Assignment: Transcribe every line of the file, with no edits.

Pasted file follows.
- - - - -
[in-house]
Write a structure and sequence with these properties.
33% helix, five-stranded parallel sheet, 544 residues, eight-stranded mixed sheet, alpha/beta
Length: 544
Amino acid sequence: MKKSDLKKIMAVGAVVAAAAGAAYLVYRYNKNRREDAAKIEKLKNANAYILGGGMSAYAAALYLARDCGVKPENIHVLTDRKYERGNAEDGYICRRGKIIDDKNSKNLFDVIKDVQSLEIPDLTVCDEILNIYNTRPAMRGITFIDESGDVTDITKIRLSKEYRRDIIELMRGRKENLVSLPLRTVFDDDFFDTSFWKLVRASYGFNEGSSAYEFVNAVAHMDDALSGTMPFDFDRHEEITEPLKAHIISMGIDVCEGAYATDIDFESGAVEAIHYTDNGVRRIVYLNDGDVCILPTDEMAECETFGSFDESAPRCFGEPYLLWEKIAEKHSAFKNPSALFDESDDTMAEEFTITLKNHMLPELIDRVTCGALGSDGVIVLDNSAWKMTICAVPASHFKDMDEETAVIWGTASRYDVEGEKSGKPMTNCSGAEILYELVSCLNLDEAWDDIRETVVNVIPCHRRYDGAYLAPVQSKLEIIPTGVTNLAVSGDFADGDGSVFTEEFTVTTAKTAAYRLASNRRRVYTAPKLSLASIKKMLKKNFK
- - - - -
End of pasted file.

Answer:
[in-house]
Write a structure and sequence with these properties.
33% helix, five-stranded parallel sheet, 544 residues, eight-stranded mixed sheet, alpha/beta
Length: 544
Amino acid sequence: MKKSDLKKIMAVGAVVAAAAGAAYLVYRYNKNRREDAAKIEKLKNANAYILGGGMSAYAAALYLARDCGVKPENIHVLTDRKYERGNAEDGYICRRGKIIDDKNSKNLFDVIKDVQSLEIPDLTVCDEILNIYNTRPAMRGITFIDESGDVTDITKIRLSKEYRRDIIELMRGRKENLVSLPLRTVFDDDFFDTSFWKLVRASYGFNEGSSAYEFVNAVAHMDDALSGTMPFDFDRHEEITEPLKAHIISMGIDVCEGAYATDIDFESGAVEAIHYTDNGVRRIVYLNDGDVCILPTDEMAECETFGSFDESAPRCFGEPYLLWEKIAEKHSAFKNPSALFDESDDTMAEEFTITLKNHMLPELIDRVTCGALGSDGVIVLDNSAWKMTICAVPASHFKDMDEETAVIWGTASRYDVEGEKSGKPMTNCSGAEILYELVSCLNLDEAWDDIRETVVNVIPCHRRYDGAYLAPVQSKLEIIPTGVTNLAVSGDFADGDGSVFTEEFTVTTAKTAAYRLASNRRRVYTAPKLSLASIKKMLKKNFK